BlacKkKlansman effects further ironic reversals, some having to do with the deception Stallworth practices on the Klan. When he proposes making an overture to the group, his chief expresses doubt. “They’re going to know the difference between how a white man speaks and a negro,” he insists. Stallworth retorts, “How does a black man speak?”, and later elaborates: “Some people speak the King’s English, others speak jive. I happen to be fluent in both.”

Deploying his protagonist as a practitioner of what might be called “whitevoice,” Lee riffs satirically on the egregious blackface that figured so prominently in Birth of a Nation. Stallworth’s pitch-perfect ventriloquism invokes black performers from Richard Pryor to Eddie Murphy, Martin Lawrence to Chris Rock—who have hilariously lampooned white people, typically with a geeky nasality that plays as the essence of uncool—even as it invokes themes of racial passing and code-switching. The bad guys in BlacKkKlansman are duly befuddled by the ruse. Though they rhapsodize about whiteness, the Klan members can’t even tell that a whitevoice impostor is on the other end of the line. “I’m just happy to be talking to a true white American,” David Duke says to Stallworth. When the latter mischievously suggests that he might be a black man impersonating a white man, Duke scoffs. “I can always tell when I’m talking to a negruh,” he boasts.  

But whitevoice has its flip side. While he’s able to dupe the Klan with his imposture, Stallworth is regarded with mistrust by the would-be revolutionaries in the black-power group. Is he on board with the revolution? Why does he refuse to call cops pigs? Is he...black enough? The questions take up the theme of black identity—a topic Lee has returned to over the years—and explore its political ramifications. We can hear Lee thinking out loud, especially in the relationship between Ron and Patrice, whose bickering about working within “the system” or dismantling it traces a dichotomy that goes back to Booker T. Washington and W.E.B. Du Bois. You get the feeling Lee is arguing with himself about the nature of social and political change. He gives Stallworth credibility as a black man who does not identify himself as a revolutionary, even as he portrays him as incompletely clued in to the full reality of racism. At one point a fellow cop—a white cop—warns that one day Americans might elect someone like David Duke to the White House, and Stallworth expresses complacent disbelief. Lee tilts his film toward the reality of where we are now, giving an elbow in the ribs to all those Americans who didn't believe Donald Trump could happen.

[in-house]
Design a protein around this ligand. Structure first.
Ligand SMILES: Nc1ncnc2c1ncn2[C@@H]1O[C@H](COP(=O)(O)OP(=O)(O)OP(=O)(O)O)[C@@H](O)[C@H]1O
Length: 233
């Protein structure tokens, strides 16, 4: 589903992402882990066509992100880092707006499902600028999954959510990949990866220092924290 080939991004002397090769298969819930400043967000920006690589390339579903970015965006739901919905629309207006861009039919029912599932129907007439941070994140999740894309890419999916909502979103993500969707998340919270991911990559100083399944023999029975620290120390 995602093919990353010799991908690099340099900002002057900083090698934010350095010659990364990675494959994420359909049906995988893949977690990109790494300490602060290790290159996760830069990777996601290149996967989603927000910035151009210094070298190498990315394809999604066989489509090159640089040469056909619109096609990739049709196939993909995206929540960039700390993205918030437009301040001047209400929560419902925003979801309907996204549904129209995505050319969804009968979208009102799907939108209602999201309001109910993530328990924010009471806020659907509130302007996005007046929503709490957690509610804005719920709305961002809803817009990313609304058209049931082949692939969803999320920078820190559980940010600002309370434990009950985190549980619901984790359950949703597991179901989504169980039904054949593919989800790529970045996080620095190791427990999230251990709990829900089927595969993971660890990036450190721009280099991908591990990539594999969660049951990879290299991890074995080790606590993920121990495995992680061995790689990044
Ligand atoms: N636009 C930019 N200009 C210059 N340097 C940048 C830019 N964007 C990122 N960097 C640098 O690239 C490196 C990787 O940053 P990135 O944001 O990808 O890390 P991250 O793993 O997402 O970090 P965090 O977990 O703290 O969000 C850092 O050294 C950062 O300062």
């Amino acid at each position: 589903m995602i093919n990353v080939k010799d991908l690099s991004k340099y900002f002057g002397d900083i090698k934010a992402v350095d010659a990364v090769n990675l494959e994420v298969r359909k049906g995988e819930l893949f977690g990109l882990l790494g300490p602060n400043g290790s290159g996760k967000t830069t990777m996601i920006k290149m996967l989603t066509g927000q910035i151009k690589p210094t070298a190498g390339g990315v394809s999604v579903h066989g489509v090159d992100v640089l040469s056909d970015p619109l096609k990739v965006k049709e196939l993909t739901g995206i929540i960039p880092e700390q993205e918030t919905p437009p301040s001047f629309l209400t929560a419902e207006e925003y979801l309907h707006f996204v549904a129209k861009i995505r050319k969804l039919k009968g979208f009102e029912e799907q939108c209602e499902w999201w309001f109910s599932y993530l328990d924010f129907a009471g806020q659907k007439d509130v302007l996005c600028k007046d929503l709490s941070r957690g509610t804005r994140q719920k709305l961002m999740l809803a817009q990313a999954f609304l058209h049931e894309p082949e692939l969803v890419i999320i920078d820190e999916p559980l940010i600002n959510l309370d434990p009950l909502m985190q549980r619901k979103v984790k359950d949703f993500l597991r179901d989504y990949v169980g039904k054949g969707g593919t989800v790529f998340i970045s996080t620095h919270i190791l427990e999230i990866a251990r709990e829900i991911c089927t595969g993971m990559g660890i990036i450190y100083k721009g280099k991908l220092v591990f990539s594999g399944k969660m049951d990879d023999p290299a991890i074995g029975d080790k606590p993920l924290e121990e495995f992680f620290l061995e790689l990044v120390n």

What does the film say about Stallworth’s relatively optimistic take on the capacity of this nation to come to terms with racism? Is our American glass half full or half empty? I thought I detected an underlying ambivalence in BlacKkKlansman. Its didacticism is informed by righteous anger at the racist history of this country. But there are contending impulses in Lee, not least of which is pleasure. The Soul Train scene, as Stallworth and Patrice join a crowd dancing to the cheesy ‘70s hit “It’s Too Late To Turn Back Now,” reflects Lee’s love of the American pop culture—black and white—that he grew up with. There's also the droll mischief of the way he ends the film, with a burst of frat-brother-like hijinks in which black and white cops join together in a telephone pranking of David Duke. This kind of comedy is fundamentally forgiving, suggesting that we really all can get along, after all—most of us, anyway, as long as we recognize the basic contours of social justice, and where someone like David Duke fits within them. 

Yet the movie closes with bitter gravity and witness, incorporating footage from the right-wing violence of Charlottesville, including the anguish of spectators to the killing of Heather Heyer, and Donald Trump’s lame and evasive apologia. Though his film looks mostly backward, Lee has said in an interview that BlacKkKlansman is “about today,” and that it addresses the question, “Are we going forward or backward?” It is interesting to see that all these decades after Do the Right Thing, Lee still hasn't decided about America. His continued thinking out loud gives the film something of the aura of a seminar—a political and cultural one, led by an antic and resourceful professor. It would be the best class on campus.

Rand Richards Cooper is a contributing editor to Commonweal. His fiction has appeared in Harper’s, GQ, Esquire, the Atlantic, and many other magazines, as well as in Best American Short Stories. His novel, The Last to Go, was produced for television by ABC, and he has been a writer-in-residence at Amherst and Emerson colleges. 

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Published in the October 19, 2018 issue: View Contents